In my last blog post, I shared the CDC’s recent findings on the rising tide of mid-life suicides over the past decade.  I proposed that the background forces driving this alarming trend include such recession-related issues as unemployment or underemployment, foreclosures and bankruptcies.  I also referred to military combat experience as another potent source of the kind of stress that leads to suicide—a fact also borne out by recently published statistics.  The magnitude of people experiencing these and other sources of distress and burnout leads me to call what we’re seeing now a hidden epidemic.

And, in fact, that phrase is a key part of the title of my new book, Trauma: Healing the Hidden Epidemic.  In it, in simple language, I cover the causes and symptoms of emotional trauma and share practical guidelines for healing and resolution.  After forty-three years of private practice working with patients suffering from PTSD, depression, anxiety, addiction, phobias, and childhood abuse, I’ve come to believe that emotional trauma is at the core of most of our mental health challenges.

But I’ve never been an intellectual, in spite of the diplomas on my wall.  I’m unwaveringly committed to therapy that works, that makes a practical difference in the lives of the people who walk through the doors of my institute.  I closed my last blog post promising to answer the question, “How in my own life and the lives of my patients have I been able to help create emotional healing for modern-day stresses and crises?”  I’ll say again today that I have a message to share of hope and reinvention.

In my estimation, suicides (and other self-destructive behaviors) arise from despair and hopelessness in the face of crisis or a challenge to change.  Let me take that statement apart.

First, let me define what I mean by crisis.  From the chapter, “Crises and Hard Times” in my book:

A crisis is different from the daily challenges of living.  Crises are life-defining moments, periods, or stages.  As opposed to the normal fears and anxieties that come up on any given day, they are unique.  A crisis is an event that completely overwhelms us.  It is terrifying.  We spend every ounce of energy, every thought, every effort to ensure our survival.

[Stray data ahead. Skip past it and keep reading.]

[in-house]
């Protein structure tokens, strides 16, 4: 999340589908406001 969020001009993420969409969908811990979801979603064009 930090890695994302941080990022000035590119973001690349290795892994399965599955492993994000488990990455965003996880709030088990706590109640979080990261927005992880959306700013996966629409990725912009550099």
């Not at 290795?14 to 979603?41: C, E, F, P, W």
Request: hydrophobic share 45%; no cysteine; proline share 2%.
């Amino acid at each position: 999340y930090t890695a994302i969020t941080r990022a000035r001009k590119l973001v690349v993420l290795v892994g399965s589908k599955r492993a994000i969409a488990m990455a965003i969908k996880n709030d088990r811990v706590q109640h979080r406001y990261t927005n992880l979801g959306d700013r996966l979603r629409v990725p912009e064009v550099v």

Crises can build slowly or come on suddenly.  Either way, once we become aware that we are in one, we may already be overwhelmed, feeling unable to find answers, unequipped to go on.  We are squarely faced with the following challenge: Is this crisis going to be the end, or is it going to be a turning point in my life?

No matter how helpless we feel, we always have choices.  But in order to make choices, to act, we must feel a sense of personal power.  In simple terms, the strength we find within us in the face of a crisis makes the difference between “the end”—collapse—and “a turning point”—reinvention.

When we come to the place where we want to yell, “Things can’t go on like this!”, where the need for change is absolute, we face the choice between despair and hope, between giving up and growing up.  Change requires the belief in the possibility of something better, the courage to make a decision, and the strength to turn that decision into action.

Where does emotional trauma come into this picture?  Trauma in the present moment, trauma from our past lives, and, especially, a potent combination of the two, can disrupt and sabotage every step of the reinvention process I’ve outlined above.  We can have every intention, every desire to move forward in life in spite of pain and difficulties, and never fully understand that the wounds we carry inside keep getting in the way.

That’s the hidden epidemic I’m talking about.  And, as with other health epidemics, professional help is often needed to survive and heal.  How can we find help in a crisis, for ourselves or for a loved one?  Many experienced counselors and therapists and many valuable resources are available.  Including my new book, Trauma: Healing the Hidden Epidemic.